Elijah Kosgei, a maize farmer from Kiplombe in Turbo, Uasin-Gishu County has been planting the crop religiously for the last three decades. But overtime, the maize yields from his farm dropped from an average of 30 bags per acre to 14 bags.
In 2017, this changed when he attended training and was given lime- based fertiliser which he applied on his farm. The results were impressive, in the second year of productivity, he got over 28 bags of maize. A recent report released by Kenya Markets Trust in Eldoret credited the drop in crop productivity in the country to high acidity and low nutrients in soil. The survey initiated in 2015, covered Uasin-Gishu, Trans-Nzoia, Bungoma and Kakamega counties that are considered the country’s traditional food basket. The report says that lack of clear policy and standardisation on fertiliser use and high costs are to blame for the slow adoption of the lime based fertiliser by small-scale farmers, which could benefit the country’s food security.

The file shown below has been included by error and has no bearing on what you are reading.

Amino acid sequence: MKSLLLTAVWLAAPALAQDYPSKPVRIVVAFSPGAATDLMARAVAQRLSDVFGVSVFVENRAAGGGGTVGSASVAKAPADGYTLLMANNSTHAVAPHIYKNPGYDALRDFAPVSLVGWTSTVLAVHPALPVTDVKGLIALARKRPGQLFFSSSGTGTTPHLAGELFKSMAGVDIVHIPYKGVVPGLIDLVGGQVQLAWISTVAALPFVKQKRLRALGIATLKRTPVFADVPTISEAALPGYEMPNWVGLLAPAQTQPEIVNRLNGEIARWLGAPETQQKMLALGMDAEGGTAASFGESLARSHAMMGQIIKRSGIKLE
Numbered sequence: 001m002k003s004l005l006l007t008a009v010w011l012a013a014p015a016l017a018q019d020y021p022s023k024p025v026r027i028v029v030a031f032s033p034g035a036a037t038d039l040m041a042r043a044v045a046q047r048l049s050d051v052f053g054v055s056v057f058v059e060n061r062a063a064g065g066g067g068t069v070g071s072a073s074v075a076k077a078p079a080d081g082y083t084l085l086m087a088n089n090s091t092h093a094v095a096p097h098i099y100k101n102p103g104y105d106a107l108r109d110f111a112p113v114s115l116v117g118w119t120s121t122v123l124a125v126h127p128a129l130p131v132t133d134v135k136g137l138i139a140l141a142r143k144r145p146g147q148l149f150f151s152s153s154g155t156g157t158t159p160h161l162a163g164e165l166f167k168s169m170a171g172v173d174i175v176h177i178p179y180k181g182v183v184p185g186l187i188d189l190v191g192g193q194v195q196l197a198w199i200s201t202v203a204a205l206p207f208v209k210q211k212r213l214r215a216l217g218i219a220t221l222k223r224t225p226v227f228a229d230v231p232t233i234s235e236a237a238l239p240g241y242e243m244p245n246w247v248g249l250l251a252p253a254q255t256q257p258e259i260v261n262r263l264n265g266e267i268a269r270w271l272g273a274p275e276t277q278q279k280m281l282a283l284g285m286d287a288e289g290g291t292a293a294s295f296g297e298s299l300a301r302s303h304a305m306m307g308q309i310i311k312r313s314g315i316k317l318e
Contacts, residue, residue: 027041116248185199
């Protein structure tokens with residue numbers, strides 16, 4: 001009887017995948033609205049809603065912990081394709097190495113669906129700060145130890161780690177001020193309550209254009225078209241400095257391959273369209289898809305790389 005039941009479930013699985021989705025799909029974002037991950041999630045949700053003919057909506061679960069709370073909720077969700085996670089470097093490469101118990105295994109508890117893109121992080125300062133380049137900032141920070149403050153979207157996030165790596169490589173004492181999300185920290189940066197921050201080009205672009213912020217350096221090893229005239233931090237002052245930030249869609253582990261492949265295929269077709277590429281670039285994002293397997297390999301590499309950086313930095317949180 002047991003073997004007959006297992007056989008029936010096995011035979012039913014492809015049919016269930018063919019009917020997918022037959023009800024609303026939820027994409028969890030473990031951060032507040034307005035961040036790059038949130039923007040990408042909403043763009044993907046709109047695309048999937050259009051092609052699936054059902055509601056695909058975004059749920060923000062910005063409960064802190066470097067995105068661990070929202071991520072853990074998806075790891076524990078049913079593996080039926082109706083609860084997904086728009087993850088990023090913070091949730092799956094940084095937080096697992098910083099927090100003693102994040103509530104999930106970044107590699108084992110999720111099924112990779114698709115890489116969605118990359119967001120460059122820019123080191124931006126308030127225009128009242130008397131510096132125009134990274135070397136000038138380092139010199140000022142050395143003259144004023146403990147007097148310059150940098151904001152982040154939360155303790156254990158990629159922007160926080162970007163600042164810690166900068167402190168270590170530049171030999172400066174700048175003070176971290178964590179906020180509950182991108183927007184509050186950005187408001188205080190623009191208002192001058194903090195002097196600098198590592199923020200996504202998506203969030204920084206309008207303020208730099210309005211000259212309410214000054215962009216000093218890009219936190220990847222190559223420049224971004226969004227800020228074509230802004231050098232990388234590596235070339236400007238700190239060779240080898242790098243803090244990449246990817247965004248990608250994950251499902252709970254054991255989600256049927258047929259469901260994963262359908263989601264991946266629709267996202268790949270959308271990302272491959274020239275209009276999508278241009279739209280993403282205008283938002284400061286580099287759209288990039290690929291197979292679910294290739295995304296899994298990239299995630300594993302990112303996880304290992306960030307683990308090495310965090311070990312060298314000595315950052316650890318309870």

The study interviewed 518 farmers in the four devolved units in the North Rift and Western regions. Only 55 per cent of the respondents said that they were aware about use of lime while 44 per cent knew about soil testing. “Since the levels of acidity differ from soil to soil, it is important to undertake soil analysis before undertaking corrective measures. We also noted that most of the limes in the market lack clear instructions on (on their packages) how to use them,” said Michael Kamau, a farm-input specialist at the Kenya Markets Trust. A tonne of lime-based fertiliser goes for between Sh7000 and Sh8000 in the market and it would require on average two metric tonnes per acre. Some of lime-based fertiliser in the market include agricultural lime-acidic, agricultural lime-dolomitic and granulated lime.
Access to a soil testing provider was also identified as a challenge. Majority of farmers in Kakamega revealed that to get a soil tester, they have to travel at least 50km from home while in Bungoma and Uasin-Gishu farmers travelled an average of 20 kilometres. Uasin Gishu county director of agriculture Wilbur Mutai said that the devolved unit was concerned over the acidity and was working to reverse this trend.